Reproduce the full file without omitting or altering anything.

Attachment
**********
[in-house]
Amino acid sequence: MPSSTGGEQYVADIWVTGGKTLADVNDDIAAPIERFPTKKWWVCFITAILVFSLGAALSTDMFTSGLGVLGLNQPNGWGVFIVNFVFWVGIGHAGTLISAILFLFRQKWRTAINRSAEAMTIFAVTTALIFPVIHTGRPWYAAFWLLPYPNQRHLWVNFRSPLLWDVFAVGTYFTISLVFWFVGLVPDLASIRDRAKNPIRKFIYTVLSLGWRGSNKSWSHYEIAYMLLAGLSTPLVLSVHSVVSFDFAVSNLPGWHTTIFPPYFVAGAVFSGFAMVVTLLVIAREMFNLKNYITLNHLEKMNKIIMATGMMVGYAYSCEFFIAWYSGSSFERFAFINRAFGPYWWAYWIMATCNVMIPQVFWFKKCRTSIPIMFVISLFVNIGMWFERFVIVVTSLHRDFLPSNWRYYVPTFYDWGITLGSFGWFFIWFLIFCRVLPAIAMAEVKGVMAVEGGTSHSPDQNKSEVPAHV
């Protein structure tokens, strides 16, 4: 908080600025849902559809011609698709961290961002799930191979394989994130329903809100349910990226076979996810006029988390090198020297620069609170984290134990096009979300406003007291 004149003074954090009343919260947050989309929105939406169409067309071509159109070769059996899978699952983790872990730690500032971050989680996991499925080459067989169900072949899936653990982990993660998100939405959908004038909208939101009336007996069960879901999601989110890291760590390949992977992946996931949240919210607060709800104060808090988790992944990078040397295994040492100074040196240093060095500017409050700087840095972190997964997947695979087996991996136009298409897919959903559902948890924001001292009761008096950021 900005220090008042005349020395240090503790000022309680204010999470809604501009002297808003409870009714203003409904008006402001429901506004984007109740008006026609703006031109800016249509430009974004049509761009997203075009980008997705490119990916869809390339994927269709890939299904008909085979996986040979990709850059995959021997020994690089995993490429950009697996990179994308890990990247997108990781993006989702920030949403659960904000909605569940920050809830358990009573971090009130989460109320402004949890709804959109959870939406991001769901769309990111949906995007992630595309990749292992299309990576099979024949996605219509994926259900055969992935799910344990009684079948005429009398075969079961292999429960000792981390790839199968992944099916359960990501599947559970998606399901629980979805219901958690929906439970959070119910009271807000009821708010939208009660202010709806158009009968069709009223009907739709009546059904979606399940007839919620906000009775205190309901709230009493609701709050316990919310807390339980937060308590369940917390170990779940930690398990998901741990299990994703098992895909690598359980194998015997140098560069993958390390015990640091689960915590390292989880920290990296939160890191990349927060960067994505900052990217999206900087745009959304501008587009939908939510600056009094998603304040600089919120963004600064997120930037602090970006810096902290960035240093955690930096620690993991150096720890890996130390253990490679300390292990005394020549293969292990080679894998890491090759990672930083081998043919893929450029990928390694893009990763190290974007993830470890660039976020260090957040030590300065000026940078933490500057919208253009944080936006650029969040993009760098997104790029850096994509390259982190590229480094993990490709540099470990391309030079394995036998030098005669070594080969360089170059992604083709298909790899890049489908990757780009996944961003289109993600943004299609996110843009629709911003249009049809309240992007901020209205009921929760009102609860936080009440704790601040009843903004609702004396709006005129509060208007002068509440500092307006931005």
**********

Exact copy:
[in-house]
Amino acid sequence: MPSSTGGEQYVADIWVTGGKTLADVNDDIAAPIERFPTKKWWVCFITAILVFSLGAALSTDMFTSGLGVLGLNQPNGWGVFIVNFVFWVGIGHAGTLISAILFLFRQKWRTAINRSAEAMTIFAVTTALIFPVIHTGRPWYAAFWLLPYPNQRHLWVNFRSPLLWDVFAVGTYFTISLVFWFVGLVPDLASIRDRAKNPIRKFIYTVLSLGWRGSNKSWSHYEIAYMLLAGLSTPLVLSVHSVVSFDFAVSNLPGWHTTIFPPYFVAGAVFSGFAMVVTLLVIAREMFNLKNYITLNHLEKMNKIIMATGMMVGYAYSCEFFIAWYSGSSFERFAFINRAFGPYWWAYWIMATCNVMIPQVFWFKKCRTSIPIMFVISLFVNIGMWFERFVIVVTSLHRDFLPSNWRYYVPTFYDWGITLGSFGWFFIWFLIFCRVLPAIAMAEVKGVMAVEGGTSHSPDQNKSEVPAHV
């Protein structure tokens, strides 16, 4: 908080600025849902559809011609698709961290961002799930191979394989994130329903809100349910990226076979996810006029988390090198020297620069609170984290134990096009979300406003007291 004149003074954090009343919260947050989309929105939406169409067309071509159109070769059996899978699952983790872990730690500032971050989680996991499925080459067989169900072949899936653990982990993660998100939405959908004038909208939101009336007996069960879901999601989110890291760590390949992977992946996931949240919210607060709800104060808090988790992944990078040397295994040492100074040196240093060095500017409050700087840095972190997964997947695979087996991996136009298409897919959903559902948890924001001292009761008096950021 900005220090008042005349020395240090503790000022309680204010999470809604501009002297808003409870009714203003409904008006402001429901506004984007109740008006026609703006031109800016249509430009974004049509761009997203075009980008997705490119990916869809390339994927269709890939299904008909085979996986040979990709850059995959021997020994690089995993490429950009697996990179994308890990990247997108990781993006989702920030949403659960904000909605569940920050809830358990009573971090009130989460109320402004949890709804959109959870939406991001769901769309990111949906995007992630595309990749292992299309990576099979024949996605219509994926259900055969992935799910344990009684079948005429009398075969079961292999429960000792981390790839199968992944099916359960990501599947559970998606399901629980979805219901958690929906439970959070119910009271807000009821708010939208009660202010709806158009009968069709009223009907739709009546059904979606399940007839919620906000009775205190309901709230009493609701709050316990919310807390339980937060308590369940917390170990779940930690398990998901741990299990994703098992895909690598359980194998015997140098560069993958390390015990640091689960915590390292989880920290990296939160890191990349927060960067994505900052990217999206900087745009959304501008587009939908939510600056009094998603304040600089919120963004600064997120930037602090970006810096902290960035240093955690930096620690993991150096720890890996130390253990490679300390292990005394020549293969292990080679894998890491090759990672930083081998043919893929450029990928390694893009990763190290974007993830470890660039976020260090957040030590300065000026940078933490500057919208253009944080936006650029969040993009760098997104790029850096994509390259982190590229480094993990490709540099470990391309030079394995036998030098005669070594080969360089170059992604083709298909790899890049489908990757780009996944961003289109993600943004299609996110843009629709911003249009049809309240992007901020209205009921929760009102609860936080009440704790601040009843903004609702004396709006005129509060208007002068509440500092307006931005």